Publication 505

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## Regular Method for Figuring the Penalty (Part IV)(p50) |

You can use the regular method in Part IV of Form 2210 to figure
your penalty for underpayment of estimated tax if you paid one or more estimated
tax payments earlier than the due date.

You must use the regular method in Part IV of Form 2210 to figure
your penalty for underpayment of estimated tax if any of the following apply to
you.

- You paid one or more estimated tax payments on a date after the due date.
- You paid at least one, but less than four, installments of estimated tax.
- You paid estimated tax payments in un-

equal amounts. - You use the annualized income installment method to figure your underpayment for each payment period.
- You use your actual withholding during each payment period to figure your payments.

Under the regular method, figure your underpayment for each payment
period in Section A, then figure your penalty using the Penalty Worksheet in the
Instructions for Form 2210. Enter the results on line 27 of Section B.

taxmap/pubs/p505-024.htm#en_us_publink1000207515## Figuring Your Underpayment |

Figure your underpayment of estimated tax for each payment period
in Section A following the line-by-line instructions. Complete lines 20 through
26 of the first column before going to line 20 of the next column.

taxmap/pubs/p505-024.htm#en_us_publink1000207516## Required installments—line 18.(p51) |

Your required payment for each payment period (line 18) is usually
one-fourth of your required annual payment (Part I, line 9). This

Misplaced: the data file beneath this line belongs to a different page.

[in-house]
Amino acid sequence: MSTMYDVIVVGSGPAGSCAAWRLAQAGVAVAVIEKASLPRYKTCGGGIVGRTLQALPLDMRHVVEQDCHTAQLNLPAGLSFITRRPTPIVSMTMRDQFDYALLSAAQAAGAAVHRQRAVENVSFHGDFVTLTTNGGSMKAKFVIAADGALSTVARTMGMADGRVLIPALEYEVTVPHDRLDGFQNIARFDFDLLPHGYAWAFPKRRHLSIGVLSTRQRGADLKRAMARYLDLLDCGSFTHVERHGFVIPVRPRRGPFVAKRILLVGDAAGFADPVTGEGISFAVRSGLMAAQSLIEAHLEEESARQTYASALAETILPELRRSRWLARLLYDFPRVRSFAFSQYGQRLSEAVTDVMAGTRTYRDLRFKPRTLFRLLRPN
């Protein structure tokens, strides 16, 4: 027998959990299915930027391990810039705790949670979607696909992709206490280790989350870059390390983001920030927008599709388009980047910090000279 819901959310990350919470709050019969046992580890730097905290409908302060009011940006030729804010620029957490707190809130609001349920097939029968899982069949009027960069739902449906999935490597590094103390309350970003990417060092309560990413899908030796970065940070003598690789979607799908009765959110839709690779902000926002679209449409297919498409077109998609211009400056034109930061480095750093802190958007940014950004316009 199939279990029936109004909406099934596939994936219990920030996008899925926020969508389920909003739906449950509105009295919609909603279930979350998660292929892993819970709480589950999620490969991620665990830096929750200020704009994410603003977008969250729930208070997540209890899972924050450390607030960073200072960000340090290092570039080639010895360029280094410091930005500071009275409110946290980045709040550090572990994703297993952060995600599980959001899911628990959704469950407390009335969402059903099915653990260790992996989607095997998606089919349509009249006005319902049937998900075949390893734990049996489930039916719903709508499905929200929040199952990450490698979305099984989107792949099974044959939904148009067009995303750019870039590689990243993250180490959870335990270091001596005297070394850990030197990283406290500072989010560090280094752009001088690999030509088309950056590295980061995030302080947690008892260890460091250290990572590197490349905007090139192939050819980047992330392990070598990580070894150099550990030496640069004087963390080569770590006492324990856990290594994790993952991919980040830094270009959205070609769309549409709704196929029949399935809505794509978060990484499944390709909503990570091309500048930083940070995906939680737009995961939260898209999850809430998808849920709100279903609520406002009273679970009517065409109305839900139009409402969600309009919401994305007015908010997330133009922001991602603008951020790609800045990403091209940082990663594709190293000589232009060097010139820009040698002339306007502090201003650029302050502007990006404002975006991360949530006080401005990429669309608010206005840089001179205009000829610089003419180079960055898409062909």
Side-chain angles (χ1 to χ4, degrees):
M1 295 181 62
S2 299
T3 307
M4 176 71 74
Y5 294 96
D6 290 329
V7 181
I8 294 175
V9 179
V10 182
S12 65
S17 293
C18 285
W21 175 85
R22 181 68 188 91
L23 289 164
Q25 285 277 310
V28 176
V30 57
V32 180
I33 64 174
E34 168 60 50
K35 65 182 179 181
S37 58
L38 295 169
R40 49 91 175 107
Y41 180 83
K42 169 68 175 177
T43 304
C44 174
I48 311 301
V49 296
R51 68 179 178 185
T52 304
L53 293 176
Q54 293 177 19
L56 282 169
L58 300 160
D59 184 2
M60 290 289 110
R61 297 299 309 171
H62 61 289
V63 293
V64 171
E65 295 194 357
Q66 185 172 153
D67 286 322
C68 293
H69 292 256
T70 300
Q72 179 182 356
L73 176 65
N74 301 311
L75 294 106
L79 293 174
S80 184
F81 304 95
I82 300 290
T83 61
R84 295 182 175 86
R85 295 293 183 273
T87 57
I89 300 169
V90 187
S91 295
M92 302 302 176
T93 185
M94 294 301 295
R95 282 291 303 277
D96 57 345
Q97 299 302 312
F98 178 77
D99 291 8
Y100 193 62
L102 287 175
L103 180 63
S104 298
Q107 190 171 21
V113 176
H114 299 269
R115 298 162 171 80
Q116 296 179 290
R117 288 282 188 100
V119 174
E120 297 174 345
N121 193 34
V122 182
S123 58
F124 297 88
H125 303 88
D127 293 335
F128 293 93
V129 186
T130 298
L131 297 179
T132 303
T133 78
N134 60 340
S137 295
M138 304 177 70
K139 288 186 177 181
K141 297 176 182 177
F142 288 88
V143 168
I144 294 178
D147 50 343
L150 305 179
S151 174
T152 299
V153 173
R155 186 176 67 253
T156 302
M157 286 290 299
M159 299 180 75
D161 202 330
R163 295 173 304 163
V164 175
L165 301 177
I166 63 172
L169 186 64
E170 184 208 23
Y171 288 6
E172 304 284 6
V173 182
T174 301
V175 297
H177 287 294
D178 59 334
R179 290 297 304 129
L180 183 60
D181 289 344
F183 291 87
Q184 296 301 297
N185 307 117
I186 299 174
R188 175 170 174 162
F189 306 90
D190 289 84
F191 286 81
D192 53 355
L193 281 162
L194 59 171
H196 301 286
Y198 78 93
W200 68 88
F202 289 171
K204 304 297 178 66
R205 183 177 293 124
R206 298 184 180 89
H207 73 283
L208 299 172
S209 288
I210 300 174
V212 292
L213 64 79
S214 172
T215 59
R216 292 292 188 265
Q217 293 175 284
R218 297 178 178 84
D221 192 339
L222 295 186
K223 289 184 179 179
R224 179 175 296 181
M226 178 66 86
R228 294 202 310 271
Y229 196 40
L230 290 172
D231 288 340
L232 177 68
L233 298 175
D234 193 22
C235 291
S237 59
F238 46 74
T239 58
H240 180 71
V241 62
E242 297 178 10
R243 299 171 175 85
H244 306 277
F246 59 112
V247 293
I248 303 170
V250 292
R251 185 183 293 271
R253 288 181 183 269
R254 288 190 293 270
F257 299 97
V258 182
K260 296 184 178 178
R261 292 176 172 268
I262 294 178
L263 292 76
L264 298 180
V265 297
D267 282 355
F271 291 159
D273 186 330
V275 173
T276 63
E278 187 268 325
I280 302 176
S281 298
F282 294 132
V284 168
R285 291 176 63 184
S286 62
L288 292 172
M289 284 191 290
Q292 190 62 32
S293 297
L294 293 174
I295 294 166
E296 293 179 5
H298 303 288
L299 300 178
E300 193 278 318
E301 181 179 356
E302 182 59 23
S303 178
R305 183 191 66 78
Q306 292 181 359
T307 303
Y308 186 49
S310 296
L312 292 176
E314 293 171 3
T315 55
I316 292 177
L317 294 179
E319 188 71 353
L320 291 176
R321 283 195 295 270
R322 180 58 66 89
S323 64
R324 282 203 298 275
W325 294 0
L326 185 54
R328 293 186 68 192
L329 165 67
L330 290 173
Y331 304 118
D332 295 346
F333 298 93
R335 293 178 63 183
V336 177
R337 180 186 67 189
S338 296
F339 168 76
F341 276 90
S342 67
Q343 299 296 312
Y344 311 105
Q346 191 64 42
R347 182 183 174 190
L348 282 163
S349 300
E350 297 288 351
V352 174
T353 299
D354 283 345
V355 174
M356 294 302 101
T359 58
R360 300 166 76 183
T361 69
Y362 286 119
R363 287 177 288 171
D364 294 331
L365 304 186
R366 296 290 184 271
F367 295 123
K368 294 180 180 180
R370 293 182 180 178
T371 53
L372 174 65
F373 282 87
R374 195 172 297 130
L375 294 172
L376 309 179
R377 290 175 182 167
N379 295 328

method—the regular method—is the one to use if you received your
income evenly throughout the year.

However, if you did not receive your income evenly throughout
the year, you may be able to lower or eliminate your penalty by figuring your
underpayment using the annualized income installment method. First complete
Schedule AI (Form 2210), then enter the amounts from line 25 of that schedule on
line 18 of Form 2210, Part IV. See
Annualized Income Installment Method (Schedule AI) on page 52.

taxmap/pubs/p505-024.htm#en_us_publink1000207517## Payments made—line 19.(p51) |

Enter in each column the total of:
For special rules for figuring your payments, see Form 2210
instructions for line 19.

If you file Form 1040, your withholding is the amount on line
61, plus any excess social security or tier 1 RRTA tax withholding on line 69.
If you file Form 1040A, your withholding is the amount on line 38 plus any
excess social security or tier 1 RRTA tax withholding included in line 44.